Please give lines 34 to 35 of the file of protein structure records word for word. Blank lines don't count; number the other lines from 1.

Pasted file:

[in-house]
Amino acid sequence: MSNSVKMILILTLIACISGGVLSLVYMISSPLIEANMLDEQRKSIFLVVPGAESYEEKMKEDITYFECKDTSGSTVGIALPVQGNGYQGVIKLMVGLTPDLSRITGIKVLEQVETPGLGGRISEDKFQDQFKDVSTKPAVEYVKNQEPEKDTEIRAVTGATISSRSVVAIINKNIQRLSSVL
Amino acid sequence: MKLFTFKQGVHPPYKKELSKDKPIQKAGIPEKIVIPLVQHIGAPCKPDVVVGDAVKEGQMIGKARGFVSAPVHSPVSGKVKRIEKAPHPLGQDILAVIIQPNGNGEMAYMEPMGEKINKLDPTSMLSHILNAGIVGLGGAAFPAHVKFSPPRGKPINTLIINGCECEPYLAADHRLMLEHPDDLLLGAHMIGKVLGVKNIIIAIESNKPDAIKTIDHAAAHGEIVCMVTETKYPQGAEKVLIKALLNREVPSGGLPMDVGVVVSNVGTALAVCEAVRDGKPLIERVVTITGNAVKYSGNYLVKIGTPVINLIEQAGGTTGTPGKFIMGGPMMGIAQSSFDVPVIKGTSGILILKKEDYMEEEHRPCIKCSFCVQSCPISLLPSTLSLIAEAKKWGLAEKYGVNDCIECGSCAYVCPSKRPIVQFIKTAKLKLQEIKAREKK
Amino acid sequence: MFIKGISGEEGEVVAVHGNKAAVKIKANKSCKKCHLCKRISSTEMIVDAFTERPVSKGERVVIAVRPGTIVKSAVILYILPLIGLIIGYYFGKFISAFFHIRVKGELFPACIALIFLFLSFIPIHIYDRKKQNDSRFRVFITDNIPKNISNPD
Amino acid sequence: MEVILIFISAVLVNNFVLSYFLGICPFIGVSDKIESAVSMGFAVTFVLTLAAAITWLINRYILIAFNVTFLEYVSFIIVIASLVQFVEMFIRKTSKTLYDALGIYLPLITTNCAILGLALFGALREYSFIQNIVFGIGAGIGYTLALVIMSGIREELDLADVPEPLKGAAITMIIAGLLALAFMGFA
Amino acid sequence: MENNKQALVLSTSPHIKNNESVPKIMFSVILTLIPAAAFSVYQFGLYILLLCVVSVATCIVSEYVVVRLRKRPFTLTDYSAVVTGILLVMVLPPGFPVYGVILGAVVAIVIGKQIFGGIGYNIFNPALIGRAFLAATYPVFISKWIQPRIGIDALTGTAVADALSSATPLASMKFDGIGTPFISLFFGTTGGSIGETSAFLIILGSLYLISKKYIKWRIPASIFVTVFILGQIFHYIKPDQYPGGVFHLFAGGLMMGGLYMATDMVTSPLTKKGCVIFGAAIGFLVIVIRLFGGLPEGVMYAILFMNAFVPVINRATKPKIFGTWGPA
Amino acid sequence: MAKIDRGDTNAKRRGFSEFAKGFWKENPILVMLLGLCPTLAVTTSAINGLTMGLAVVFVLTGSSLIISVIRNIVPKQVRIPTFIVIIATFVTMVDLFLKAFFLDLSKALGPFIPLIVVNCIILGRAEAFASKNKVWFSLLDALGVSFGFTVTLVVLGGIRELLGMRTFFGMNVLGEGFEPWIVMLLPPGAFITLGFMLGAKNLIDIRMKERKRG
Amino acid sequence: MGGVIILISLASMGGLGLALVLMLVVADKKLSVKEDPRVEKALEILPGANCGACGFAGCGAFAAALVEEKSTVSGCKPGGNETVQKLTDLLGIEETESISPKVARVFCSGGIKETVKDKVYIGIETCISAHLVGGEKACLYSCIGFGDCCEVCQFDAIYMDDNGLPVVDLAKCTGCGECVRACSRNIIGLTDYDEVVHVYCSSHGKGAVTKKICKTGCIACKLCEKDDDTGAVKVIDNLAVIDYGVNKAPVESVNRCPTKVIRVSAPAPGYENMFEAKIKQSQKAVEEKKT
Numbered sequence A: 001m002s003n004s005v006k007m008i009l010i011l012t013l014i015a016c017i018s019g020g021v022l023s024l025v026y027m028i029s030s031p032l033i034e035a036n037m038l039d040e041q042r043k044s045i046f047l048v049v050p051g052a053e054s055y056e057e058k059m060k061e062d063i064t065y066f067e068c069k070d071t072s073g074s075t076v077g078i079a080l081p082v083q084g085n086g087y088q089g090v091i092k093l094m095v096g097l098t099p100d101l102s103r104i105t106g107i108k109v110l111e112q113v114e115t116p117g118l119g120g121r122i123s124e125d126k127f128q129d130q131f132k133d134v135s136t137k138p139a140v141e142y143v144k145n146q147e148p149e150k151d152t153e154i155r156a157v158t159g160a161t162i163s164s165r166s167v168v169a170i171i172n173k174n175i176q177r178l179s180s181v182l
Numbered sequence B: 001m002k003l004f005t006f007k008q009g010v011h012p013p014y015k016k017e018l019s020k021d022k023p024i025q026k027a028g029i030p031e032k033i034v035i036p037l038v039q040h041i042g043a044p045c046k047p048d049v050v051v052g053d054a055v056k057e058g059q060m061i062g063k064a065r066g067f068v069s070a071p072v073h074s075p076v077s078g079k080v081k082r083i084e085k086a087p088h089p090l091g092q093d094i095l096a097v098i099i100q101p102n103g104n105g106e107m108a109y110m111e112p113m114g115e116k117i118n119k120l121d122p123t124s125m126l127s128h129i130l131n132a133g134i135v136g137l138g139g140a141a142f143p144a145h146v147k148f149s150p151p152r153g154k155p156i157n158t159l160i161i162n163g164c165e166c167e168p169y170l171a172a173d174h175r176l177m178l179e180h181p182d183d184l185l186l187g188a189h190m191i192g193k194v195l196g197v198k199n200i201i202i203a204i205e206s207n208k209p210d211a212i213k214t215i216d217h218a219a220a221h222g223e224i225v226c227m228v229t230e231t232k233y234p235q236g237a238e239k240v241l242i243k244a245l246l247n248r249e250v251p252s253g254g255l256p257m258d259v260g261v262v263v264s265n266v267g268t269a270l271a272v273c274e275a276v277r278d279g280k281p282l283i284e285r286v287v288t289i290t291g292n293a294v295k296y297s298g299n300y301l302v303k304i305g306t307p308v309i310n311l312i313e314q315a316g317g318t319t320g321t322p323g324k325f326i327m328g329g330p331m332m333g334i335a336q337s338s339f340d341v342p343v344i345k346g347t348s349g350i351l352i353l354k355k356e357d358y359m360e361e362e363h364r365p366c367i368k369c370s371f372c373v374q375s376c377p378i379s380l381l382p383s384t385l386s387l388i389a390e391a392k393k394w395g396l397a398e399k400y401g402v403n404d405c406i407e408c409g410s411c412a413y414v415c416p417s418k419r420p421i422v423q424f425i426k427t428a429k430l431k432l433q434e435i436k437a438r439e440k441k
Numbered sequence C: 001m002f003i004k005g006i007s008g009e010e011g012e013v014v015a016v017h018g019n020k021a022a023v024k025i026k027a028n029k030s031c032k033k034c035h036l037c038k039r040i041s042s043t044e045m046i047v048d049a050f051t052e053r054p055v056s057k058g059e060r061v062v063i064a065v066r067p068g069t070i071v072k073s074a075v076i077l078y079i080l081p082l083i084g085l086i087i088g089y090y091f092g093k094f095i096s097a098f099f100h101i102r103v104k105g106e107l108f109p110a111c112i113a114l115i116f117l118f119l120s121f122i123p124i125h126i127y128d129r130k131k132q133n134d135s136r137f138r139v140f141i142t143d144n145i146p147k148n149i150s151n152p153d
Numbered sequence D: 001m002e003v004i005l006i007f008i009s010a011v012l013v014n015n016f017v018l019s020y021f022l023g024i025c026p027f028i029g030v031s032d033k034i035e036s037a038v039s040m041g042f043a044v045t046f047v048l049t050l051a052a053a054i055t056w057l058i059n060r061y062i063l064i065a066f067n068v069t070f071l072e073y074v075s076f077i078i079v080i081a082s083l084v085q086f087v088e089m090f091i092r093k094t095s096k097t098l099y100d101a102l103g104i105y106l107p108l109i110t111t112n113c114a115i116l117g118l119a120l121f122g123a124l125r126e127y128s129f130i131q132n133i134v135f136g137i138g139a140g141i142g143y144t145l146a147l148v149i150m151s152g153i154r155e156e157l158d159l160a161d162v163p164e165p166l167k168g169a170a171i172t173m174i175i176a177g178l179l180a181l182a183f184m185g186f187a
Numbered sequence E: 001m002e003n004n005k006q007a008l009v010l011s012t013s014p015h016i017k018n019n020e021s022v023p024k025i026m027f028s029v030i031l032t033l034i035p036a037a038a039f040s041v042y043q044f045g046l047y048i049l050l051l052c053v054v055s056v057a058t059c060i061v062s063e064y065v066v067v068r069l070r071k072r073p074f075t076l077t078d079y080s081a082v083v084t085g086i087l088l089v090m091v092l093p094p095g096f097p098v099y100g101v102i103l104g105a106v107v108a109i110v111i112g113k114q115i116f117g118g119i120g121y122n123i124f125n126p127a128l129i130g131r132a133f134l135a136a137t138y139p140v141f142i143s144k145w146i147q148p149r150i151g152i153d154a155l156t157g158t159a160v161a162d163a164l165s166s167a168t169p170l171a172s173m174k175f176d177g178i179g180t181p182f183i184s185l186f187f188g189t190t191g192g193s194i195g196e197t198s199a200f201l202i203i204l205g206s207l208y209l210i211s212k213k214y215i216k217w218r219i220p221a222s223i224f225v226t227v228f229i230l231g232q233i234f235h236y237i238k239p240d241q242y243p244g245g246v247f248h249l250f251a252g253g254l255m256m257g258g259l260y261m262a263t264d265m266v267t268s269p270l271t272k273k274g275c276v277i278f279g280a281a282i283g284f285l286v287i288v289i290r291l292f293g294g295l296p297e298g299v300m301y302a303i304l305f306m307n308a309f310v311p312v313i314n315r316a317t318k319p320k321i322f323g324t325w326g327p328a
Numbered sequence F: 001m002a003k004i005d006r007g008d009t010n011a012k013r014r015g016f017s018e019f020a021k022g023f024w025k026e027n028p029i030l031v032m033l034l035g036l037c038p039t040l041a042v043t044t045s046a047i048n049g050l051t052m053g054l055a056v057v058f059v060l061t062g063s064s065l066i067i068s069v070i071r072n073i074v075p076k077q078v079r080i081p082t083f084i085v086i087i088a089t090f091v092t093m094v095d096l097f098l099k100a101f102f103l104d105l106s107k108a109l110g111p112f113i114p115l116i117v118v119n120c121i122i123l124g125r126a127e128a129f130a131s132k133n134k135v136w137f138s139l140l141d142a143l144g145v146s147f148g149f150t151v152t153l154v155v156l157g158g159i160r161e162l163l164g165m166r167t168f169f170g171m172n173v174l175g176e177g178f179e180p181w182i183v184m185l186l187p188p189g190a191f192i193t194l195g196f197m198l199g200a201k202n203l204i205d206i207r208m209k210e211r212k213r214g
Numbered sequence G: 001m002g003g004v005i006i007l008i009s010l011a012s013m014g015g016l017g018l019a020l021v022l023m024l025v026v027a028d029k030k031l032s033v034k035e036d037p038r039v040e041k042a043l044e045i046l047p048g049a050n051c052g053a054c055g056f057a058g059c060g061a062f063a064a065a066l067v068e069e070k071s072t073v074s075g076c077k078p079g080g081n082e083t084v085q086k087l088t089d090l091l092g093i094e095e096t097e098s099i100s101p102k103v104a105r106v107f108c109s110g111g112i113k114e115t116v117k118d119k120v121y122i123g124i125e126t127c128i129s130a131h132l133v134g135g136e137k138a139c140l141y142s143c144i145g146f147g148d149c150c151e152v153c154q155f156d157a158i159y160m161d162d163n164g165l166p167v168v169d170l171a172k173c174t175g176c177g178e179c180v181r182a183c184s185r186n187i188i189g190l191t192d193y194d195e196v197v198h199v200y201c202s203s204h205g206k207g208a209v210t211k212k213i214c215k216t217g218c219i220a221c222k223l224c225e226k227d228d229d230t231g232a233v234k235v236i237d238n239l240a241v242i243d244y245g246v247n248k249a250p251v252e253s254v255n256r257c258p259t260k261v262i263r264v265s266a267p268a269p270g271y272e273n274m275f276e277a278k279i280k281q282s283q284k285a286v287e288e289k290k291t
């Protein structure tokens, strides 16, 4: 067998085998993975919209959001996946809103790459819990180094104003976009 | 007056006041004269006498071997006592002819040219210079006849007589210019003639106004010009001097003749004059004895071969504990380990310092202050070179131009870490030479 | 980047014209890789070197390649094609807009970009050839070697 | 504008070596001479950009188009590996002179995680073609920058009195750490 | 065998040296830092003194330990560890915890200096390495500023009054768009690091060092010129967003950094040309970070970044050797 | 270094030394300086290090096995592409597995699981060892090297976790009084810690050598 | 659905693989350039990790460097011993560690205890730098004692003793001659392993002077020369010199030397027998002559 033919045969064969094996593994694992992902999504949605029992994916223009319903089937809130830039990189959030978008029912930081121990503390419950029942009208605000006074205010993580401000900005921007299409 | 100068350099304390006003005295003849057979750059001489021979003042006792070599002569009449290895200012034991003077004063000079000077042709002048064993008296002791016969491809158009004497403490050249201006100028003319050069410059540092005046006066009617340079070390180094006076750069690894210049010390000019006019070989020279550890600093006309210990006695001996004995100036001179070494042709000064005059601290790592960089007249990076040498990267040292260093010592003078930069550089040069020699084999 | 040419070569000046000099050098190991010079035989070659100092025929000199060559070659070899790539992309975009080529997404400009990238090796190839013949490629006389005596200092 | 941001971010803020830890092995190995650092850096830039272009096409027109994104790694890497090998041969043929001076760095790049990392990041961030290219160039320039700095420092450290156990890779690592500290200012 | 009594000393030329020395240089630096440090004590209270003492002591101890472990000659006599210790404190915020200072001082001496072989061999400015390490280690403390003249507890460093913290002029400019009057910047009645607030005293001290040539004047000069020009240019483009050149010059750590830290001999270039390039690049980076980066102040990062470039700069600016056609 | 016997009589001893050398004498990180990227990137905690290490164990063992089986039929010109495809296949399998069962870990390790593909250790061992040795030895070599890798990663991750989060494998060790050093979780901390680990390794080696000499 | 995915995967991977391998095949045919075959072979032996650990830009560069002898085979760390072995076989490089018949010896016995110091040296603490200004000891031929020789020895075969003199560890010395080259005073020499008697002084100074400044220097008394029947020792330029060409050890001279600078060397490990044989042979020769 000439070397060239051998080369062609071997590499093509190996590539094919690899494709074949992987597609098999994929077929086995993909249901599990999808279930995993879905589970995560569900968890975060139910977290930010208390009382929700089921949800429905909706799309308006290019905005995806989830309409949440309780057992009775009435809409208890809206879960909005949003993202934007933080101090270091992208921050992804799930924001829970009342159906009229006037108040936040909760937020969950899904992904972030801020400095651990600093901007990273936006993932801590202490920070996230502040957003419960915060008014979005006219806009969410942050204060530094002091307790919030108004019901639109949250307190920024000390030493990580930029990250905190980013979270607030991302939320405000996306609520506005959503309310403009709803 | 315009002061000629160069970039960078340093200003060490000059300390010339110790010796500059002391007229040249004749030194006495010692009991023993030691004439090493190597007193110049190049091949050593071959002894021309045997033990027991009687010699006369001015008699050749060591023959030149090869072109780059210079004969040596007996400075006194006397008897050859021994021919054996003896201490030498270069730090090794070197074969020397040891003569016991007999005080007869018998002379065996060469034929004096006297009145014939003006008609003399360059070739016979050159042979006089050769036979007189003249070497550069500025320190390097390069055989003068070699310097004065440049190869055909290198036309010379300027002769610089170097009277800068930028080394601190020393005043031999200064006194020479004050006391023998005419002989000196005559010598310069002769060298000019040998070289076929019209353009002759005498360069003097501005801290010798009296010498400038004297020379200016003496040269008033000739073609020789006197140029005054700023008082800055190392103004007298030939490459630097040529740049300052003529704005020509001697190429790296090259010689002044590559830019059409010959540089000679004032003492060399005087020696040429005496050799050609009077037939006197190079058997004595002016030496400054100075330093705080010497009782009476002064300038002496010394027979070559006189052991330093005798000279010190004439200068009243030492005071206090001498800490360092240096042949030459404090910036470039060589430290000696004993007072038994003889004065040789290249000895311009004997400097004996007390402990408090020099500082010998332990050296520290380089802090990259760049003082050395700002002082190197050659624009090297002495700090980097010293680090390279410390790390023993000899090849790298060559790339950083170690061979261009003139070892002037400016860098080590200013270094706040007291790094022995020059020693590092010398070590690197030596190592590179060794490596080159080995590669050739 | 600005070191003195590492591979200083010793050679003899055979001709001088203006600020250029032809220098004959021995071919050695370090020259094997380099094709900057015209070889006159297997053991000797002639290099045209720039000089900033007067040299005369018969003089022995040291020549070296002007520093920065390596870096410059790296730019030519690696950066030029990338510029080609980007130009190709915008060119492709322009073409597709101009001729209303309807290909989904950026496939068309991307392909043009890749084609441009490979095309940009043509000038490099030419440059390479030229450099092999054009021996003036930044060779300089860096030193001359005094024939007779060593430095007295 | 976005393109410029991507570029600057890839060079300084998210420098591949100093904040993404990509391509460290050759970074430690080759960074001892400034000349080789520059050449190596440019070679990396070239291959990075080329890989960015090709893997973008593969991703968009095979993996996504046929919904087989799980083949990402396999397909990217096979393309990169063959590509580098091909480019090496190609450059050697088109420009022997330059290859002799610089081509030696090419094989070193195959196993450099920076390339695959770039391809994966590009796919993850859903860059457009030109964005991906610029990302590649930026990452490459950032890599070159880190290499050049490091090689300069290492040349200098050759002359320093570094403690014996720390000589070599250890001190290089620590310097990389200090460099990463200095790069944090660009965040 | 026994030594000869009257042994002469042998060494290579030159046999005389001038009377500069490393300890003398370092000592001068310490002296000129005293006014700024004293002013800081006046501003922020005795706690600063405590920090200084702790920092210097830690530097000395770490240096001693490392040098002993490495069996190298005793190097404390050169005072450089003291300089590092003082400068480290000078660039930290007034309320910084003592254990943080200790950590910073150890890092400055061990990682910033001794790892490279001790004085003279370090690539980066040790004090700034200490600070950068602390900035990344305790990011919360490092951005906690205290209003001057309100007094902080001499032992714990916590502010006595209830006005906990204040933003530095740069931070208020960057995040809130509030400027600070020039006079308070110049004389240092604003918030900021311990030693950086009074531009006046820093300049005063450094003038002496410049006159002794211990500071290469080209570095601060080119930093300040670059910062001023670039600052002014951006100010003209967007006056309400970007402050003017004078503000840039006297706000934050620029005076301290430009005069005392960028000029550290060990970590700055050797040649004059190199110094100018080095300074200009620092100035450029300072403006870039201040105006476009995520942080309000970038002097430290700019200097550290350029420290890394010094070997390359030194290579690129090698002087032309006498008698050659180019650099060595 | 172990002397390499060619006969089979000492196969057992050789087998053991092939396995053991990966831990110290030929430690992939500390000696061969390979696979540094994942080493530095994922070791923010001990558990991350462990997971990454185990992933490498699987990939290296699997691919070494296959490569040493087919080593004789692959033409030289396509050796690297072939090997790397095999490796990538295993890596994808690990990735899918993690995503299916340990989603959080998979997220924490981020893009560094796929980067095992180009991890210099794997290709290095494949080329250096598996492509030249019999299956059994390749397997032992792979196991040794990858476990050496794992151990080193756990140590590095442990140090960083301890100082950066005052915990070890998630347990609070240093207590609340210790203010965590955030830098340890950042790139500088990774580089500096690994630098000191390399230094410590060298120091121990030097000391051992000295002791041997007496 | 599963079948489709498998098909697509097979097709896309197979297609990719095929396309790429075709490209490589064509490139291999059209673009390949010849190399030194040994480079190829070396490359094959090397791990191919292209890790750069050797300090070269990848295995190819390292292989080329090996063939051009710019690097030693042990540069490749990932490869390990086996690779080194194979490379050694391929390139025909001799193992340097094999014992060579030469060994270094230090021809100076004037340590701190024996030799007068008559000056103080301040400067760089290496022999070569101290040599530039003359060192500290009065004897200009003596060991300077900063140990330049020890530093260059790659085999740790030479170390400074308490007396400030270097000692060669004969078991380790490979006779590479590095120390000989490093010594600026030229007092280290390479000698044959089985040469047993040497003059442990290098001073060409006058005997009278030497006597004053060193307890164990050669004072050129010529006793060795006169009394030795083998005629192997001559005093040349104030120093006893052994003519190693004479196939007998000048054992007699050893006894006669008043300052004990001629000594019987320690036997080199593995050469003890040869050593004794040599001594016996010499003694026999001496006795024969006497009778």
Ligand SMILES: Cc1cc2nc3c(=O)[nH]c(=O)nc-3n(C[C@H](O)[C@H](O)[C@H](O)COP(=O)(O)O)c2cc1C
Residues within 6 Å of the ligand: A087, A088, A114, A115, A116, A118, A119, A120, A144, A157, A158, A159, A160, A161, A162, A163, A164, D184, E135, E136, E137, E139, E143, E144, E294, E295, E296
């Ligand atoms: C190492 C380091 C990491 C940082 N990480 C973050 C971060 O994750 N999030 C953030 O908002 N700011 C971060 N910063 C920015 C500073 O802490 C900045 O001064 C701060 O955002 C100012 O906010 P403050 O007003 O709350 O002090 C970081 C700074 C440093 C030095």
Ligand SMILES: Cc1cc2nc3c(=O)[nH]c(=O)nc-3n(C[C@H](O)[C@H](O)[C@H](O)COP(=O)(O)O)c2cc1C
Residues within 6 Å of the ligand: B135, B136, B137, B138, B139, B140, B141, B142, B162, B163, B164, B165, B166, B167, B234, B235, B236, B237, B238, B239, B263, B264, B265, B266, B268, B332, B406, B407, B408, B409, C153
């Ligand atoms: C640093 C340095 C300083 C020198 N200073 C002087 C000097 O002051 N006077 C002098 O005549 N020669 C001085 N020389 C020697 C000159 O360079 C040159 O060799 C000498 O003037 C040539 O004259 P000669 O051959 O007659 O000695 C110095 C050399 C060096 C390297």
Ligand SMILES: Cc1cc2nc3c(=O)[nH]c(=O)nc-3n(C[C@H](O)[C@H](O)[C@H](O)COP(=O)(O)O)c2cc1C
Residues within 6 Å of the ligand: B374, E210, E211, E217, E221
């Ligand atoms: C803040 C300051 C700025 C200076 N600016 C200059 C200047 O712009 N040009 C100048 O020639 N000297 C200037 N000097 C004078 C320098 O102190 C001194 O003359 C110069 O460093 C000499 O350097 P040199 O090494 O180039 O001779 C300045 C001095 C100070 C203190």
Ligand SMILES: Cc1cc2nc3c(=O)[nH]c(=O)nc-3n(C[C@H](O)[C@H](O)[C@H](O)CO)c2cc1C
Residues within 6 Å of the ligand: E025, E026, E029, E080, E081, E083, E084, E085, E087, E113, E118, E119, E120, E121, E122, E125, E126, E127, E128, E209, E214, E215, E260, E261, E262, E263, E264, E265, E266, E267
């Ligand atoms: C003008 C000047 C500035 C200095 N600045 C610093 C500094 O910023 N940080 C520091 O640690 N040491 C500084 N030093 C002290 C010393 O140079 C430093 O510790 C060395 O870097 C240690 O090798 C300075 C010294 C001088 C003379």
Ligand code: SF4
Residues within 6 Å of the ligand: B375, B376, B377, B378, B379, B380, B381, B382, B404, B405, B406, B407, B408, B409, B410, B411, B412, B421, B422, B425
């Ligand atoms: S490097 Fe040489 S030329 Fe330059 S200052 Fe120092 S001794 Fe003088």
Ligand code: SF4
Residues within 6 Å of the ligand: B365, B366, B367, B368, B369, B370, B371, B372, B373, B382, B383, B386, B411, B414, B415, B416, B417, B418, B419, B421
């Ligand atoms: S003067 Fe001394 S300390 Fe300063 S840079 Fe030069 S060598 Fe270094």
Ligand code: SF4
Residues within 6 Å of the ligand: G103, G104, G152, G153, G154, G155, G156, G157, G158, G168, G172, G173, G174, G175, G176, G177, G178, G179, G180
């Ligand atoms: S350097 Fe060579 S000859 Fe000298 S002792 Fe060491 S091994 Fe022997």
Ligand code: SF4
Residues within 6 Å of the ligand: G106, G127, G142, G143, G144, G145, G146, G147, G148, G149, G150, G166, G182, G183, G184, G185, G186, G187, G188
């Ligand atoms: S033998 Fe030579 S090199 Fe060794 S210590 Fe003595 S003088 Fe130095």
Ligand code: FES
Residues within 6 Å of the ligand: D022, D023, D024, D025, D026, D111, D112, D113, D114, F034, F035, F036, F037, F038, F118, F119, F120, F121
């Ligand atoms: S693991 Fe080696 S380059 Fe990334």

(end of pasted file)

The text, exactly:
């Ligand atoms: S003067 Fe001394 S300390 Fe300063 S840079 Fe030069 S060598 Fe270094």
Ligand code: SF4